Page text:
Around this time last year, I was in touch with a caregiver who was trying to cope with a father’s fronto-temporal dementia. In addition to watching his decline, this caregiver was also struggling with regret and frustration; the diagnosis had been delayed because senior specialists missed it, and the family had wasted several months in bewilderment and emotional flux wondering why the father had changed so much. If they had known the diagnosis earlier, they would have been able to accept and support the father’s situation better.
Over the year since this incident, I’ve been especially alert about such cases. (This caregiver’s case, incidentally, was not an isolated case, and I have blogged about similar concerns earlier). Of course, there will be missed diagnosis for any disease, but the problem is when diagnoses are missed because of systemic misinformation and stereotypes, not merely by chance. The human cost of delayed/ missed diagnosis–misunderstandings, anger, sorrow, conflicts, and no idea how to support–can tear apart a family.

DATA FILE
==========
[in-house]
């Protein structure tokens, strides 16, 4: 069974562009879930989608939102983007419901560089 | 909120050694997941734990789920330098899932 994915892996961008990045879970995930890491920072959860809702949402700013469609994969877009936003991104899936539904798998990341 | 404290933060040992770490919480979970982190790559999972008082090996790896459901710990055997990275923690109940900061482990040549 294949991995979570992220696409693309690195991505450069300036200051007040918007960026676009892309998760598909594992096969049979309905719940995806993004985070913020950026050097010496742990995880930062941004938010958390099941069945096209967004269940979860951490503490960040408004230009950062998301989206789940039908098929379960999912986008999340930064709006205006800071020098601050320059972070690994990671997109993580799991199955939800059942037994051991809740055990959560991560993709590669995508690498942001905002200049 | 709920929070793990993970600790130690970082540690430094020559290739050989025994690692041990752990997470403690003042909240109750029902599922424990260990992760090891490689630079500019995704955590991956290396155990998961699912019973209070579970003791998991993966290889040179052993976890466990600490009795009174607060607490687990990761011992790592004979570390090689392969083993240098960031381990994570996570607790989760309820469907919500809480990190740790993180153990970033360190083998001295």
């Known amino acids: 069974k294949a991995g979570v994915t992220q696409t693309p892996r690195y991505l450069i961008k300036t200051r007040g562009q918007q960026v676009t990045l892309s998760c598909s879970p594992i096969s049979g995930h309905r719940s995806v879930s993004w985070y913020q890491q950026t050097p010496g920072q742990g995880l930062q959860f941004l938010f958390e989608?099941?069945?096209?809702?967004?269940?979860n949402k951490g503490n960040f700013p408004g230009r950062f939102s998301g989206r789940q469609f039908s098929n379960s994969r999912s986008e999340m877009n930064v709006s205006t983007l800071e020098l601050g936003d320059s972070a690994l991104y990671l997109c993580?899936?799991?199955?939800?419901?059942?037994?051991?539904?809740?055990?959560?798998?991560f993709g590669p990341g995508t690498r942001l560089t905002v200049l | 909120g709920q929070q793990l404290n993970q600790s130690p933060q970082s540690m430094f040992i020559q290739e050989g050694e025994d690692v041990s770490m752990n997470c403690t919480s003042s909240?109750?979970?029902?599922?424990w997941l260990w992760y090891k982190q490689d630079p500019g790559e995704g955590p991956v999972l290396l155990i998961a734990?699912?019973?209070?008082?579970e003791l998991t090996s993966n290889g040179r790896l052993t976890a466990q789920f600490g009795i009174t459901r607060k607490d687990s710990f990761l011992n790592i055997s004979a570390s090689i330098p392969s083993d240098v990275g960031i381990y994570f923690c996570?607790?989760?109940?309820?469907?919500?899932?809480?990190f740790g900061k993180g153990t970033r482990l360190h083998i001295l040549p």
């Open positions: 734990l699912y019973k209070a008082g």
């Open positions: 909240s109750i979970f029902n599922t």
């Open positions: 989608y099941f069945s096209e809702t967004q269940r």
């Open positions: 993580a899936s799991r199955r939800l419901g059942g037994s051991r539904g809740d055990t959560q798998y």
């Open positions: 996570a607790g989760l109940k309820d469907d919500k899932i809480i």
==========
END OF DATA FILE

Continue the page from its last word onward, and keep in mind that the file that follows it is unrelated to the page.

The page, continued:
In my opinion, too much of the publicity around dementia centers on Alzheimer’s and memory loss, and too much of the depiction focuses on elderly patients. Many people, including doctors, therefore assume that the early symptoms of dementia must include memory loss and that dementia hits only the elderly. So when family doctors are consulted for a fifty year old with problems like personality changes, odd social behavior or inability to name familiar objects, they may look at stress, family conflicts, and psychiatric problems. They discard even a remote possibility of dementia because “there’s no memory loss.” Such missed diagnoses can be avoided if we redesign our awareness campaigns.
Experts have increased their earlier estimates of the percentage of young onset patients and of non-AD dementias like FTD (fronto-temporal dementia/ degeneration). But existing campaigns continue using phrases like “dementia is a disease of the elderly” and “dementia is memory loss.” Many people use “dementia” and “Alzheimer’s” interchangeably. Deeply ingrained habits require motivation and effort to change, and perhaps volunteers/ professionals involved haven’t yet seen the need for that effort. But the way I see it, such (inadvertent) exclusion/ profiling contributes to poorer visibility and thus in poorer diagnosis, which in turn hides the true prevalence of the ignored segments. People don’t think “exceptions” exist, so they are not alert about them, they don’t detect it/ diagnose it, and then, because the diagnosed cases are low, people feel justified in ignoring it. It looks like a vicious circle.
Take FTD (frontotemporal dementia/ degeneration), a group of dementias that impact the frontal and temporal lobes. Read the full post here